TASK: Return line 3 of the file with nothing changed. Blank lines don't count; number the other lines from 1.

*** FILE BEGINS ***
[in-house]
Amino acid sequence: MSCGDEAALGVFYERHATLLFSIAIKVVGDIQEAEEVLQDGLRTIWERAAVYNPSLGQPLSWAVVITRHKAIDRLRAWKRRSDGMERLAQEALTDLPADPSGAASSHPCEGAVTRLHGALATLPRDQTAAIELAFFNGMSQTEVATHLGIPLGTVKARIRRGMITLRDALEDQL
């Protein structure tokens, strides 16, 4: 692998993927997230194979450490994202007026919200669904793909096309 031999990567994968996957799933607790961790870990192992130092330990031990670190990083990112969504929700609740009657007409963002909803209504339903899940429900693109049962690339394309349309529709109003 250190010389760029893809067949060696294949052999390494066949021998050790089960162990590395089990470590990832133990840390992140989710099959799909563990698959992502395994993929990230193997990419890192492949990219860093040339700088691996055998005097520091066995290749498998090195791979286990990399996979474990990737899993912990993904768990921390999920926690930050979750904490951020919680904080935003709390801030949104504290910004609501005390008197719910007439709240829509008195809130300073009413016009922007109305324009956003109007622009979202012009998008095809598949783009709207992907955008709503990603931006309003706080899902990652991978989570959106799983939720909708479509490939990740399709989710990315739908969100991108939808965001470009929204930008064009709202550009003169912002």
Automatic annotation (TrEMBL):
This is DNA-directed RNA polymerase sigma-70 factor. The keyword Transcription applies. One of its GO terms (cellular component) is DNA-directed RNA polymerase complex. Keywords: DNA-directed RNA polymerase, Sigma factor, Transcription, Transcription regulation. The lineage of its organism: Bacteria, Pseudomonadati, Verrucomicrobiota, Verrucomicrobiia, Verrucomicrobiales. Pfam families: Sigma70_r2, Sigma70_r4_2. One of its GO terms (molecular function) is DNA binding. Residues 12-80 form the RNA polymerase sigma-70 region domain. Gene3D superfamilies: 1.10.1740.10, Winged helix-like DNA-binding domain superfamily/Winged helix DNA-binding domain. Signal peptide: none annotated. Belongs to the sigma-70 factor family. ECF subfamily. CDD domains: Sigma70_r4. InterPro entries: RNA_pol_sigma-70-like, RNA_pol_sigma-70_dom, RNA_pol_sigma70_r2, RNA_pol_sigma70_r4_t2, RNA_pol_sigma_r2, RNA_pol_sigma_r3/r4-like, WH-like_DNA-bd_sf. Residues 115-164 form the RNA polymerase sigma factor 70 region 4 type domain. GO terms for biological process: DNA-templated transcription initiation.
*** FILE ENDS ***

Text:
């Protein structure tokens, strides 16, 4: 692998993927997230194979450490994202007026919200669904793909096309 031999990567994968996957799933607790961790870990192992130092330990031990670190990083990112969504929700609740009657007409963002909803209504339903899940429900693109049962690339394309349309529709109003 250190010389760029893809067949060696294949052999390494066949021998050790089960162990590395089990470590990832133990840390992140989710099959799909563990698959992502395994993929990230193997990419890192492949990219860093040339700088691996055998005097520091066995290749498998090195791979286990990399996979474990990737899993912990993904768990921390999920926690930050979750904490951020919680904080935003709390801030949104504290910004609501005390008197719910007439709240829509008195809130300073009413016009922007109305324009956003109007622009979202012009998008095809598949783009709207992907955008709503990603931006309003706080899902990652991978989570959106799983939720909708479509490939990740399709989710990315739908969100991108939808965001470009929204930008064009709202550009003169912002």